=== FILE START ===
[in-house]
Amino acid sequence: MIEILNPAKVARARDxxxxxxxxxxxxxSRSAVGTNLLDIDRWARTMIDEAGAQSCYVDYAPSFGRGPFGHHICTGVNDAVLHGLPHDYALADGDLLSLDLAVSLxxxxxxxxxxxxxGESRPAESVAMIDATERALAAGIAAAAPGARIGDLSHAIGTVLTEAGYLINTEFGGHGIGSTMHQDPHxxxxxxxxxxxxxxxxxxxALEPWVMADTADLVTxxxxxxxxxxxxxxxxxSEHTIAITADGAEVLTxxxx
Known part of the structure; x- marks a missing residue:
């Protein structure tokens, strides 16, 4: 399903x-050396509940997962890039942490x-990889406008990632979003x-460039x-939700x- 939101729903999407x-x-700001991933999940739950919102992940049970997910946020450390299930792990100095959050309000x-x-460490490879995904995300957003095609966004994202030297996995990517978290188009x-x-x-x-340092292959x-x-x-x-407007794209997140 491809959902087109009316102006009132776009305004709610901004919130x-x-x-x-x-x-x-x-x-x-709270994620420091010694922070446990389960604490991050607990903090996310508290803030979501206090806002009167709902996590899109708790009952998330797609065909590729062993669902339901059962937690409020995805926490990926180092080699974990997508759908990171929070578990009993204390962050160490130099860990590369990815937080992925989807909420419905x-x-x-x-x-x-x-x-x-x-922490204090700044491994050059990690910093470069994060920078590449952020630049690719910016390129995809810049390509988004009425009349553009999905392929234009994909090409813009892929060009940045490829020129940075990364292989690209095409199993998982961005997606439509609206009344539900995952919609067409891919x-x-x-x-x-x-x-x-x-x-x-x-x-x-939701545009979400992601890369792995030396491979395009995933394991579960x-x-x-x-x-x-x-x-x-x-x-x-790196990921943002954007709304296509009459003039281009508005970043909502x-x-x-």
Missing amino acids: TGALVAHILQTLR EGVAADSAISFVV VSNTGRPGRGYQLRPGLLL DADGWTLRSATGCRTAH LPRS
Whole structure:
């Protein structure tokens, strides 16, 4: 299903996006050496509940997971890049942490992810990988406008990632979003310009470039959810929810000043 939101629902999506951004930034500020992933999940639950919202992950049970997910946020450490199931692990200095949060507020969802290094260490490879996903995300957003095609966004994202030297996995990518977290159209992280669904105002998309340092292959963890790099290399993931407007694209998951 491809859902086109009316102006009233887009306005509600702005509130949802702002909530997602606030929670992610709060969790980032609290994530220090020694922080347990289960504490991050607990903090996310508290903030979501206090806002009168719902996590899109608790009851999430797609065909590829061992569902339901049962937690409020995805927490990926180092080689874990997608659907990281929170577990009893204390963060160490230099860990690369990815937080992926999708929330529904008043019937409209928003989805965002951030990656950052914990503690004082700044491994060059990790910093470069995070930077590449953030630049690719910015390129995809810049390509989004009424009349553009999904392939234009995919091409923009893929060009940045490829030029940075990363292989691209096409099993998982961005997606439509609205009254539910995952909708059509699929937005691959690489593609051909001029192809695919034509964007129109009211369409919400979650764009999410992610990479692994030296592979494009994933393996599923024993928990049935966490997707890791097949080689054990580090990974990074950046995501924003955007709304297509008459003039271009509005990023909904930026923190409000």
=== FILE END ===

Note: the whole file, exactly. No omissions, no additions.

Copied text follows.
[in-house]
Amino acid sequence: MIEILNPAKVARARDxxxxxxxxxxxxxSRSAVGTNLLDIDRWARTMIDEAGAQSCYVDYAPSFGRGPFGHHICTGVNDAVLHGLPHDYALADGDLLSLDLAVSLxxxxxxxxxxxxxGESRPAESVAMIDATERALAAGIAAAAPGARIGDLSHAIGTVLTEAGYLINTEFGGHGIGSTMHQDPHxxxxxxxxxxxxxxxxxxxALEPWVMADTADLVTxxxxxxxxxxxxxxxxxSEHTIAITADGAEVLTxxxx
Known part of the structure; x- marks a missing residue:
């Protein structure tokens, strides 16, 4: 399903x-050396509940997962890039942490x-990889406008990632979003x-460039x-939700x- 939101729903999407x-x-700001991933999940739950919102992940049970997910946020450390299930792990100095959050309000x-x-460490490879995904995300957003095609966004994202030297996995990517978290188009x-x-x-x-340092292959x-x-x-x-407007794209997140 491809959902087109009316102006009132776009305004709610901004919130x-x-x-x-x-x-x-x-x-x-709270994620420091010694922070446990389960604490991050607990903090996310508290803030979501206090806002009167709902996590899109708790009952998330797609065909590729062993669902339901059962937690409020995805926490990926180092080699974990997508759908990171929070578990009993204390962050160490130099860990590369990815937080992925989807909420419905x-x-x-x-x-x-x-x-x-x-922490204090700044491994050059990690910093470069994060920078590449952020630049690719910016390129995809810049390509988004009425009349553009999905392929234009994909090409813009892929060009940045490829020129940075990364292989690209095409199993998982961005997606439509609206009344539900995952919609067409891919x-x-x-x-x-x-x-x-x-x-x-x-x-x-939701545009979400992601890369792995030396491979395009995933394991579960x-x-x-x-x-x-x-x-x-x-x-x-790196990921943002954007709304296509009459003039281009508005970043909502x-x-x-």
Missing amino acids: TGALVAHILQTLR EGVAADSAISFVV VSNTGRPGRGYQLRPGLLL DADGWTLRSATGCRTAH LPRS
Whole structure:
């Protein structure tokens, strides 16, 4: 299903996006050496509940997971890049942490992810990988406008990632979003310009470039959810929810000043 939101629902999506951004930034500020992933999940639950919202992950049970997910946020450490199931692990200095949060507020969802290094260490490879996903995300957003095609966004994202030297996995990518977290159209992280669904105002998309340092292959963890790099290399993931407007694209998951 491809859902086109009316102006009233887009306005509600702005509130949802702002909530997602606030929670992610709060969790980032609290994530220090020694922080347990289960504490991050607990903090996310508290903030979501206090806002009168719902996590899109608790009851999430797609065909590829061992569902339901049962937690409020995805927490990926180092080689874990997608659907990281929170577990009893204390963060160490230099860990690369990815937080992926999708929330529904008043019937409209928003989805965002951030990656950052914990503690004082700044491994060059990790910093470069995070930077590449953030630049690719910015390129995809810049390509989004009424009349553009999904392939234009995919091409923009893929060009940045490829030029940075990363292989691209096409099993998982961005997606439509609205009254539910995952909708059509699929937005691959690489593609051909001029192809695919034509964007129109009211369409919400979650764009999410992610990479692994030296592979494009994933393996599923024993928990049935966490997707890791097949080689054990580090990974990074950046995501924003955007709304297509008459003039271009509005990023909904930026923190409000």